The Divine Lamp

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St Augustine’s Notes on Psalm 47

Posted by Dim Bulb on April 8, 2017

1. The title of the Psalm goeth thus. “To the end: for the sons of Korah: a Psalm of David himself.” These sons of Korah have the title also of some other Psalms, and indicate a sweet mystery, insinuate a great Sacrament: wherein let us willingly understand ourselves, and let us acknowledge in the title us who hear, and read, and as in a glass set before us behold who we are. The sons of Korah, who are they?Numb. 16:1. [See p. 155, note 8, supra.—C.]

“>6 … Haply the sons of the Bridegroom. For the Bridegroom was crucified in the place of Calvary. Recollect the Gospel,Matt. 27:33.

“>7 where they crucified the Lord, and ye will find Him crucified in the place of Calvary. Furthermore, they who deride His Cross, by devils, as by beasts, are devoured. For this also a certain Scripture signified. When God’s Prophet Elisha was going up, children called after him mocking, “Go up thou bald head, Go up thou bald head:” but he, not so much in cruelty as in mystery, made those children to be devoured by bears out of the wood.2 Kings 2:23, 24.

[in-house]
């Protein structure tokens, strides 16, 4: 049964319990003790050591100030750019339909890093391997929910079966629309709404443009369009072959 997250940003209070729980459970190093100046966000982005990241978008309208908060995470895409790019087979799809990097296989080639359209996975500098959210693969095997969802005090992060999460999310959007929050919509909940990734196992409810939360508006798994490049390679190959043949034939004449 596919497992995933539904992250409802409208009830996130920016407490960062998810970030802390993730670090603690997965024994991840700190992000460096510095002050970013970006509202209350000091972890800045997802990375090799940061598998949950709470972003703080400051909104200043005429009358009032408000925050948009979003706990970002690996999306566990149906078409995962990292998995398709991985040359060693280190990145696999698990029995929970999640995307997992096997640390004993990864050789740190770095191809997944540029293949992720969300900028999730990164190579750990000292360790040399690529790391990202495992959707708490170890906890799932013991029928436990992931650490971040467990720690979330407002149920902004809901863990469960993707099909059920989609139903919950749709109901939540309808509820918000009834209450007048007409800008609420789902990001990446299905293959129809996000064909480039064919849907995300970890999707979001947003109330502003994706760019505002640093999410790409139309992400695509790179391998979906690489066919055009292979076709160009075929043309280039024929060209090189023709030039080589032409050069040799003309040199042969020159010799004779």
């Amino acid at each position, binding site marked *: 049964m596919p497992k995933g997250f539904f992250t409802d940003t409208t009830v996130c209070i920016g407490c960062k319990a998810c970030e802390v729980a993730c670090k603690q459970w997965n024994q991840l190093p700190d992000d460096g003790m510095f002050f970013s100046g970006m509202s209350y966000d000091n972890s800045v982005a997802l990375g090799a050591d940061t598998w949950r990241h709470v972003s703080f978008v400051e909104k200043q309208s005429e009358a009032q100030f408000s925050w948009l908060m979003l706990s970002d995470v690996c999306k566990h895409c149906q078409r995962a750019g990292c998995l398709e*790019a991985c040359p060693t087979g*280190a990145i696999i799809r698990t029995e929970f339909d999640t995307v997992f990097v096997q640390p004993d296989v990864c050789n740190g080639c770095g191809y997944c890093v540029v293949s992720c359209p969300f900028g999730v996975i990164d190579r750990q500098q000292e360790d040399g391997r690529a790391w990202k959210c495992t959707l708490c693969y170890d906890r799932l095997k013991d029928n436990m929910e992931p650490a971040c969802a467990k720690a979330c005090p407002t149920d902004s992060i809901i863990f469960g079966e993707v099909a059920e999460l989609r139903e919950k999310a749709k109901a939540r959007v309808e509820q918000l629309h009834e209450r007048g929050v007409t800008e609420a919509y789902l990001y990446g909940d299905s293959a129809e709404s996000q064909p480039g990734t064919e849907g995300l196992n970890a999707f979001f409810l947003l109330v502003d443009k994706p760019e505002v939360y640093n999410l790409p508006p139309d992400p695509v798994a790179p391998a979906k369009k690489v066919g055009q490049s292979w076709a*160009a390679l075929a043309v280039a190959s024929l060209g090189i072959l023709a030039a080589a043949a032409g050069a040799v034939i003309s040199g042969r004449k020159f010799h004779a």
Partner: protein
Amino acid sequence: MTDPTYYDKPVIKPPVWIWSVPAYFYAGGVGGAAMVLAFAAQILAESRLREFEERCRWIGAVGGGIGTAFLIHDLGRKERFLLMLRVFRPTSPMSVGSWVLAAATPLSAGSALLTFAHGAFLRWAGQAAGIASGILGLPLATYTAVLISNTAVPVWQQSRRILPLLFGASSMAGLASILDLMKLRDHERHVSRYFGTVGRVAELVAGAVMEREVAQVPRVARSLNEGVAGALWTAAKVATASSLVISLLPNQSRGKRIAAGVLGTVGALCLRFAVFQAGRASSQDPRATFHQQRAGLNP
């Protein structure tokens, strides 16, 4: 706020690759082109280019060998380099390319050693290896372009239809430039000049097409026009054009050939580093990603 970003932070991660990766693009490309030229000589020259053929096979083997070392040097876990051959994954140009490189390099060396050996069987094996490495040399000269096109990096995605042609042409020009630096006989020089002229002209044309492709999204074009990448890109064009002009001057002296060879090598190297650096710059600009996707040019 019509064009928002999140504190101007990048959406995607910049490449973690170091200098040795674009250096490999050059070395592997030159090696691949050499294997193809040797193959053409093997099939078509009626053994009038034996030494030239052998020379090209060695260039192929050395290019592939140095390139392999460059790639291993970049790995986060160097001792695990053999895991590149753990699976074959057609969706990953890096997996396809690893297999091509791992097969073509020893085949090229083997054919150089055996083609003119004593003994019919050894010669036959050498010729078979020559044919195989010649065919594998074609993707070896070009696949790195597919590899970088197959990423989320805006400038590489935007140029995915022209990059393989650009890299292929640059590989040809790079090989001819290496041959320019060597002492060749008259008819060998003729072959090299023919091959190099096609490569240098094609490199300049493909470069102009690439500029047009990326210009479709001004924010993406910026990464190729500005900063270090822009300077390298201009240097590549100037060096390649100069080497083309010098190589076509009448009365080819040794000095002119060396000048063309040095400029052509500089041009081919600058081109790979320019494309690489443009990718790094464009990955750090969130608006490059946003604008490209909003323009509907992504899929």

“>8 If those children had not been devoured, would they have lived even till now? Or could they not, being born mortal, have been taken off by a fever? But so in them had no mystery been shown, whereby posterity might be put in fear. Let none then mock the Cross of Christ. The Jews were possessed by devils, and devoured; for in the place of Calvary, crucifying Christ, and lifting on the Cross, they said as it were with childish sense, not understanding what they said, “Go up, thou bald head.” For what is, “Go up”? “Crucify Him, Crucify Him.”Luke 23:21.

“>9 For childhood is set before us to imitate humility, and childhood is set before us to beware of foolishness. To imitate humility, childhood was set before us by the Lord, when He called children to Him,Matt. 18:2.

“>10 and because they were kept from Him, He said, “Suffer them to come unto Me, for of such is the Kingdom of Heaven.” Matt. 19:14.

“>11 The example of childhood is set before us to beware of foolishness by the Apostle, “Brethren, be not children in understanding:” and again he proposeth it to imitate, “Howbeit in malice be ye children, that in understanding ye may be men.”1 Cor. 14:20.

“>1 “For the sons of Korah” the Psalm is sung; for Christians then is it sung. Let us hear it as sons of the Bridegroom, whom senseless children crucified in the place of Calvary. For they earned to be devoured by beasts; we to be crowned by Angels. For we acknowledge the humility of our Lord, and of it are not ashamed. We are not ashamed of Him called in mystery “the bald” (Calvus), from the place of Calvary. For on the very Cross whereon He was insulted, He permitted not our forehead to be bald; for with His own Cross He marked it. Finally, that ye may know that these things are said to us, see what is said.